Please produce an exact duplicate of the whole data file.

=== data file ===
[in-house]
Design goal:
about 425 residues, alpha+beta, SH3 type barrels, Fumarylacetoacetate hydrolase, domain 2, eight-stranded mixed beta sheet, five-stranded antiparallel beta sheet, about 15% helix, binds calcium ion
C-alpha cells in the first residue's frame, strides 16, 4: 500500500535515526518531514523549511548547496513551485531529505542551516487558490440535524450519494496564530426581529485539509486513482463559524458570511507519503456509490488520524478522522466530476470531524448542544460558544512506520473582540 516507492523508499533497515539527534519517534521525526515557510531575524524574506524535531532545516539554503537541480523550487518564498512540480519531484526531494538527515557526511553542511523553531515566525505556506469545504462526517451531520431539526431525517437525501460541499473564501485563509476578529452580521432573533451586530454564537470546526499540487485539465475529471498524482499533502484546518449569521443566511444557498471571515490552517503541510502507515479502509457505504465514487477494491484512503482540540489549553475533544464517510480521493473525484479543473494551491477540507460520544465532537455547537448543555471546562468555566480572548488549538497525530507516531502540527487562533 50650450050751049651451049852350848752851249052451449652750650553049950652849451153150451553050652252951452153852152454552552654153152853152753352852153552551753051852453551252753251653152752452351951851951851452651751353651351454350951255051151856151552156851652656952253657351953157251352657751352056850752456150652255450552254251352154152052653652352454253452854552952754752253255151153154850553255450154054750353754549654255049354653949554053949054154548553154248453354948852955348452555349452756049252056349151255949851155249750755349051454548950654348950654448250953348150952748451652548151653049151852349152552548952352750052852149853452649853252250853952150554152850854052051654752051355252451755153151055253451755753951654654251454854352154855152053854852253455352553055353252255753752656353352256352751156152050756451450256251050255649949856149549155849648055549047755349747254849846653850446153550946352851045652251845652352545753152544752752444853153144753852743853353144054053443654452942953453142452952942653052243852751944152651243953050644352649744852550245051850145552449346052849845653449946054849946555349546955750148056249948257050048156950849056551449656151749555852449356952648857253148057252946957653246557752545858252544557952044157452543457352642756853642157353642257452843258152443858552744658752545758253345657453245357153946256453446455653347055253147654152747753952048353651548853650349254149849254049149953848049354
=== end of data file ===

[in-house]
Design goal:
about 425 residues, alpha+beta, SH3 type barrels, Fumarylacetoacetate hydrolase, domain 2, eight-stranded mixed beta sheet, five-stranded antiparallel beta sheet, about 15% helix, binds calcium ion
C-alpha cells in the first residue's frame, strides 16, 4: 500500500535515526518531514523549511548547496513551485531529505542551516487558490440535524450519494496564530426581529485539509486513482463559524458570511507519503456509490488520524478522522466530476470531524448542544460558544512506520473582540 516507492523508499533497515539527534519517534521525526515557510531575524524574506524535531532545516539554503537541480523550487518564498512540480519531484526531494538527515557526511553542511523553531515566525505556506469545504462526517451531520431539526431525517437525501460541499473564501485563509476578529452580521432573533451586530454564537470546526499540487485539465475529471498524482499533502484546518449569521443566511444557498471571515490552517503541510502507515479502509457505504465514487477494491484512503482540540489549553475533544464517510480521493473525484479543473494551491477540507460520544465532537455547537448543555471546562468555566480572548488549538497525530507516531502540527487562533 50650450050751049651451049852350848752851249052451449652750650553049950652849451153150451553050652252951452153852152454552552654153152853152753352852153552551753051852453551252753251653152752452351951851951851452651751353651351454350951255051151856151552156851652656952253657351953157251352657751352056850752456150652255450552254251352154152052653652352454253452854552952754752253255151153154850553255450154054750353754549654255049354653949554053949054154548553154248453354948852955348452555349452756049252056349151255949851155249750755349051454548950654348950654448250953348150952748451652548151653049151852349152552548952352750052852149853452649853252250853952150554152850854052051654752051355252451755153151055253451755753951654654251454854352154855152053854852253455352553055353252255753752656353352256352751156152050756451450256251050255649949856149549155849648055549047755349747254849846653850446153550946352851045652251845652352545753152544752752444853153144753852743853353144054053443654452942953453142452952942653052243852751944152651243953050644352649744852550245051850145552449346052849845653449946054849946555349546955750148056249948257050048156950849056551449656151749555852449356952648857253148057252946957653246557752545858252544557952044157452543457352642756853642157353642257452843258152443858552744658752545758253345657453245357153946256453446455653347055253147654152747753952048353651548853650349254149849254049149953848049354